Flashcards in Synaptic Transmission Deck (38):
What are the four primary regions of a neuron?
Dendrites, cell soma, axon (covered with a myelin sheath), synaptic terminals
In a neuron, what is the primary area for receiving and integrating complex information?
What is the name for the region where the axon emerges from cell body?
What is the function of the presynaptic terminal?
convert electrical signal that was propagated down the axon into chemical signals (neurotransmitter
Describe postsynaptic potentials?
small graded changes
What does the axoplasm contain?
parallel arrays of microtubules and neurofilaments that give stability and means of transport
Which direction does kinesin move?
Anterograde (from cell body to presynaptic terminal)
Which direction does dynein move?
Retrograde (from presynaptic terminal to cell body)
Describe the speed and directionality of electrical synapses?
Extremely fast and usually bidirectional
How are electrical synapses transmitted?
Allow direct passive flow of electrotonic current between cells by gap junctions
What are gap junctions composed of?
6 connexins form connexons. Then 2 connexons in adjacent cells form a hemi- channel which results in a gap junction
Benefit of chemical synapses?
Provide directionality, amplification, potential for excitation and inhibition, plasticity, and integration in space and time
What are the criteria for chemical neurotransmitters?
1- present in the presynaptic terminal
2- released in a voltage and calcium dependent manner
3- specific receptors present in the postsynaptic target cell
4- means to inactivate the neurotransmitter
What are the 7 steps in synaptic transmission?
1- Transmitter molecules are synthesized and packaged in vesicles
2- an action potential arrives at the terminal
3- depolarization of terminal opens volt gated calcium channels
4- increased calcium in terminals triggers vesicle fusion
5- transmitter diffuses across cleft & binds to postsynaptic receptors
6- a postsynaptic response occurs
7- transmitter molecules are cleared/ inactivated by enzymatic degradation, uptake, or diffusion
What are active zone in presynaptic terminals?
regions where a subset of vesicles are "docked"
What is the the electron dense region in the postsynaptic cell?
Postsynaptic density (they are alighed with the active zones of presynaptic cells)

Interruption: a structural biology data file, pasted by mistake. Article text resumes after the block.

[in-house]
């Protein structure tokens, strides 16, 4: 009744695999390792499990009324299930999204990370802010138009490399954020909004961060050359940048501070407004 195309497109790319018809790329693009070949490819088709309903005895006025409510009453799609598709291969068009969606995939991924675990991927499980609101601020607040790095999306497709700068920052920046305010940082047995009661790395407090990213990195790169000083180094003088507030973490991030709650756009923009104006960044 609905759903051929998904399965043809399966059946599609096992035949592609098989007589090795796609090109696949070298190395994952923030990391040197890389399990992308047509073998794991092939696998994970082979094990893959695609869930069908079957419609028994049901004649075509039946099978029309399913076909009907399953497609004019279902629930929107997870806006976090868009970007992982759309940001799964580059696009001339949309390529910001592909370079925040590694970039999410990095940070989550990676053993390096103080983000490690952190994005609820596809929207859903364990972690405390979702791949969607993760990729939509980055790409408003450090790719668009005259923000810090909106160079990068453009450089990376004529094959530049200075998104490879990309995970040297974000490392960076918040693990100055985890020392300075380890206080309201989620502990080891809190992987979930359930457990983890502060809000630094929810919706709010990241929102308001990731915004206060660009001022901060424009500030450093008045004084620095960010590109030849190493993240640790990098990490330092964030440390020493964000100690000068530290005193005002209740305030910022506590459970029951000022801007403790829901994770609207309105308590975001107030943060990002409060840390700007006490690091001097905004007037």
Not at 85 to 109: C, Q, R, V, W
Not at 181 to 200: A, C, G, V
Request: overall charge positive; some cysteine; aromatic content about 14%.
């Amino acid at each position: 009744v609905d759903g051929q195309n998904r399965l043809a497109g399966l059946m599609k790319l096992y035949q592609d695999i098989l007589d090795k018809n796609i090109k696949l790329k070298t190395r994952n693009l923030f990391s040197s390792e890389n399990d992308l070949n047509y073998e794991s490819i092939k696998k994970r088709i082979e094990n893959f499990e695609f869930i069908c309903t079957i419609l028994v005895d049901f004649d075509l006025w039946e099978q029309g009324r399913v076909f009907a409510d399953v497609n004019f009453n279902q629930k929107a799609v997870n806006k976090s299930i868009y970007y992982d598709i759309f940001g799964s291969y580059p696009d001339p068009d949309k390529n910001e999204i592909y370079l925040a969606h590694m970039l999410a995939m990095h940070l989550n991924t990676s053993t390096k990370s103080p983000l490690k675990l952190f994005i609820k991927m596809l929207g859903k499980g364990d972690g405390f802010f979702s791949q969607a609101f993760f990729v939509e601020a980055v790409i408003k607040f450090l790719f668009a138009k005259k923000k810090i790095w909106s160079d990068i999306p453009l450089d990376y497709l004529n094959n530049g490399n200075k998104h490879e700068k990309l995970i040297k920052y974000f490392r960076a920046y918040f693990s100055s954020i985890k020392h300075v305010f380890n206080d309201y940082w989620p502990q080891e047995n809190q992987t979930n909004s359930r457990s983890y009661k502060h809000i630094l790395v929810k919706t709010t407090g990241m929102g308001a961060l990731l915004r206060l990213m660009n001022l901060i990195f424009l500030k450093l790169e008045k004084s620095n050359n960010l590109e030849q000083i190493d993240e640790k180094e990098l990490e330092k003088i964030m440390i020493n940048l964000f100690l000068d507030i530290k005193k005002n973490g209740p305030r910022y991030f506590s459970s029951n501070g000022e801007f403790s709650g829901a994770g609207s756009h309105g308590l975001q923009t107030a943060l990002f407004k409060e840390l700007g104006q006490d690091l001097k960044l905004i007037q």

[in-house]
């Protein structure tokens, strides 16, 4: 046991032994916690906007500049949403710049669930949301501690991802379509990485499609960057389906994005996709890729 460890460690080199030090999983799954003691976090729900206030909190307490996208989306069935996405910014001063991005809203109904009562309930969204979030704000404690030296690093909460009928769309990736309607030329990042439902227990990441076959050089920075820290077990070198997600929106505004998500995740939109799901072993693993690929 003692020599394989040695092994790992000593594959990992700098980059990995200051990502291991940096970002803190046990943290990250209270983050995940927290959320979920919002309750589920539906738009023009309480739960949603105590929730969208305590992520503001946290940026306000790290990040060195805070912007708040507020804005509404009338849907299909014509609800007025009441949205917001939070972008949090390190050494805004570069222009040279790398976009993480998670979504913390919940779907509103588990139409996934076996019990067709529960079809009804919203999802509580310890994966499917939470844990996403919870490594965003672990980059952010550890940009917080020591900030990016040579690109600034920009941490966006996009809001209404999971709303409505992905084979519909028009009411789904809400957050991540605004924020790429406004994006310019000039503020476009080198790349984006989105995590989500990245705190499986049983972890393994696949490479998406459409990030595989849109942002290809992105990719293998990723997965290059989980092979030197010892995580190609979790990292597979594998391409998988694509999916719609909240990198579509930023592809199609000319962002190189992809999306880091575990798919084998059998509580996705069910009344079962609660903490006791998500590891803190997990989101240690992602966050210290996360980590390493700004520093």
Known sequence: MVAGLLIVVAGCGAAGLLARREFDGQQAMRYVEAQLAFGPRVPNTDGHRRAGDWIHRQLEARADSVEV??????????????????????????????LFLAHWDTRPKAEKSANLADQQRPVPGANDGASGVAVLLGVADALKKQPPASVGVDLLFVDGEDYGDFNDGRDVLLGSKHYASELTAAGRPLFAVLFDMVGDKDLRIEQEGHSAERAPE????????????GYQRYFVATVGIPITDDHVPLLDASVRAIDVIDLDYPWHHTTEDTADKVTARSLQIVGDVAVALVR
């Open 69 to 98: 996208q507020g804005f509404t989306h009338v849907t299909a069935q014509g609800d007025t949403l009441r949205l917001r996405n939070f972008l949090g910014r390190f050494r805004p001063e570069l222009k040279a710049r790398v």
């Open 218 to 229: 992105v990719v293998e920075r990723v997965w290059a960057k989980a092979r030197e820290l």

How are neurotransmitters released from presynaptic cells?
What are the V-snares involved in neurotransmitter release?
synaptobrevin and synaptotagmin (Calcium sensor)
What are the T-snares involved in neurotransmitter release?
SNAP-25 and syntaxin
How is vesicle membrane recycled?
What are the two classifications of postsynaptic receptors?
ionotropic and metabotropic
What are the properties of an ionotropic receptor?
Contains an ion channel as part of its structure and transmitter binding triggers a rapid response
What are the properties of a metabotropic receptor?
Linked to G-proteins that transduce a slower biochemical signal
What type of receptors does acetylchole bind to?
Both ionotropic (fast response) and etabotropic (slow response)
How are postsynaptic potentials produced?
Conductance changes due to ion channel openings lead to ionic current flow through the channels that lead to changes in the membrane potential
What do excitatory PSPs do?
Increase the probability that an action potential will be triggered
What do inhibitory PSPs do?
Decrease the probability that an action potential will be triggered
What type of NT is glutamate?
Major excitatory NT that binds to ionotropic and metabotropic receptors
What is the fast/ ionotropic receptor for glutamate?
AMPA. Allow for flow of Na+ and K+ down their electrochemical gradient
What is the slow/ ionotropic glutamate receptor?
NMDA. Allow for flow of Na+, K+, and Ca2+ ions
What type of NT is GABA?
Major inhibitory transmitter that binds to ionotropic and metabotropic receptors
The binding of GABA to ligand gated channels causes?
Hyperpolarization of the target cell
What is decremental conduction?
the large amount of potential that is lost by leakage through the membrane of the dendrite before EPSPs can reach the cell soma
What are synaptic potential changes?
Local passive events that become progressively smaller at greater distances from the stimulus
What is temporal stimulation?
Involves EPSPs produced at one synapse by two sequential action potentials. The membrane time constant plays a role in how fast the first synapse dissipation (with a longer time constant the first EPSP is still present)
What is spacial summination?
When action potentials in two neurons produce EPSPs at their synapses, which propagate by passive conduction to the soma and axon hillox
The membrane time constant plays a role if the synapses summate (happens when the time constant is longer)
When does temporal stimulation occur?
When EPSPs from the same cell arrives in rapid succession